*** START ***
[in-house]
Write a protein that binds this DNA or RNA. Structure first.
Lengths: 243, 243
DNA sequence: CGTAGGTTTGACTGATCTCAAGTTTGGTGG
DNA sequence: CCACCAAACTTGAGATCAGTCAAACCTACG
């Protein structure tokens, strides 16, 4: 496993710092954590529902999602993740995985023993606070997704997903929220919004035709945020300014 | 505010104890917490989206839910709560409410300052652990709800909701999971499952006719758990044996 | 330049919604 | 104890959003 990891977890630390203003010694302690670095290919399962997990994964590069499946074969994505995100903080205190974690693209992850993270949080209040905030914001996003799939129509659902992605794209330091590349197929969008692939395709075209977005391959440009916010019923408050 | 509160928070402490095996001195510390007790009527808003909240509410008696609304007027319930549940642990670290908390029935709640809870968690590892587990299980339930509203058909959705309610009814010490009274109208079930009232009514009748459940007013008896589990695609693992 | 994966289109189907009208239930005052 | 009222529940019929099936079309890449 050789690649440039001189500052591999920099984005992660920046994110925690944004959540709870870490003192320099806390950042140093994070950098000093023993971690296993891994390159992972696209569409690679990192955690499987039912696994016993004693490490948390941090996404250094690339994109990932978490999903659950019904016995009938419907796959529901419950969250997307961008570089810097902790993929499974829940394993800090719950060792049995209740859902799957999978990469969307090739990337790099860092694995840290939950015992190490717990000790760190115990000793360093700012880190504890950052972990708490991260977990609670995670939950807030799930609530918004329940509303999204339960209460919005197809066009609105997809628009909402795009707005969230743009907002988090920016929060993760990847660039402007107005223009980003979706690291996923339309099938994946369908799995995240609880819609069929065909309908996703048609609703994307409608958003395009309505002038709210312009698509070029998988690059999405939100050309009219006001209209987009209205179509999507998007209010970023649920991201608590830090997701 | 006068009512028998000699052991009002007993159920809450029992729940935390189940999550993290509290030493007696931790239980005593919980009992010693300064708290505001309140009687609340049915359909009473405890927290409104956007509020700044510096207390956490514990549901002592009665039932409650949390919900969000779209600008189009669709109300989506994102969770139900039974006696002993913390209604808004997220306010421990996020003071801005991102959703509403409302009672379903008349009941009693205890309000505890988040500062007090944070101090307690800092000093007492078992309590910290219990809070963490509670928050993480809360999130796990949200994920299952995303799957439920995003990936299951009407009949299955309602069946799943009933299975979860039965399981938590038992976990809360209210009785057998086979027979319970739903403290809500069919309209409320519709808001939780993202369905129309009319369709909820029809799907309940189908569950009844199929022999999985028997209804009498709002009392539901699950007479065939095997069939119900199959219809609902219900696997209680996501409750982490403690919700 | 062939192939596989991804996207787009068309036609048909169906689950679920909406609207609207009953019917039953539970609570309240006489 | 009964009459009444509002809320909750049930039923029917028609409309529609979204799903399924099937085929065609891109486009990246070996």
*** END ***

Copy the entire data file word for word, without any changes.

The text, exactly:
[in-house]
Write a protein that binds this DNA or RNA. Structure first.
Lengths: 243, 243
DNA sequence: CGTAGGTTTGACTGATCTCAAGTTTGGTGG
DNA sequence: CCACCAAACTTGAGATCAGTCAAACCTACG
């Protein structure tokens, strides 16, 4: 496993710092954590529902999602993740995985023993606070997704997903929220919004035709945020300014 | 505010104890917490989206839910709560409410300052652990709800909701999971499952006719758990044996 | 330049919604 | 104890959003 990891977890630390203003010694302690670095290919399962997990994964590069499946074969994505995100903080205190974690693209992850993270949080209040905030914001996003799939129509659902992605794209330091590349197929969008692939395709075209977005391959440009916010019923408050 | 509160928070402490095996001195510390007790009527808003909240509410008696609304007027319930549940642990670290908390029935709640809870968690590892587990299980339930509203058909959705309610009814010490009274109208079930009232009514009748459940007013008896589990695609693992 | 994966289109189907009208239930005052 | 009222529940019929099936079309890449 050789690649440039001189500052591999920099984005992660920046994110925690944004959540709870870490003192320099806390950042140093994070950098000093023993971690296993891994390159992972696209569409690679990192955690499987039912696994016993004693490490948390941090996404250094690339994109990932978490999903659950019904016995009938419907796959529901419950969250997307961008570089810097902790993929499974829940394993800090719950060792049995209740859902799957999978990469969307090739990337790099860092694995840290939950015992190490717990000790760190115990000793360093700012880190504890950052972990708490991260977990609670995670939950807030799930609530918004329940509303999204339960209460919005197809066009609105997809628009909402795009707005969230743009907002988090920016929060993760990847660039402007107005223009980003979706690291996923339309099938994946369908799995995240609880819609069929065909309908996703048609609703994307409608958003395009309505002038709210312009698509070029998988690059999405939100050309009219006001209209987009209205179509999507998007209010970023649920991201608590830090997701 | 006068009512028998000699052991009002007993159920809450029992729940935390189940999550993290509290030493007696931790239980005593919980009992010693300064708290505001309140009687609340049915359909009473405890927290409104956007509020700044510096207390956490514990549901002592009665039932409650949390919900969000779209600008189009669709109300989506994102969770139900039974006696002993913390209604808004997220306010421990996020003071801005991102959703509403409302009672379903008349009941009693205890309000505890988040500062007090944070101090307690800092000093007492078992309590910290219990809070963490509670928050993480809360999130796990949200994920299952995303799957439920995003990936299951009407009949299955309602069946799943009933299975979860039965399981938590038992976990809360209210009785057998086979027979319970739903403290809500069919309209409320519709808001939780993202369905129309009319369709909820029809799907309940189908569950009844199929022999999985028997209804009498709002009392539901699950007479065939095997069939119900199959219809609902219900696997209680996501409750982490403690919700 | 062939192939596989991804996207787009068309036609048909169906689950679920909406609207609207009953019917039953539970609570309240006489 | 009964009459009444509002809320909750049930039923029917028609409309529609979204799903399924099937085929065609891109486009990246070996």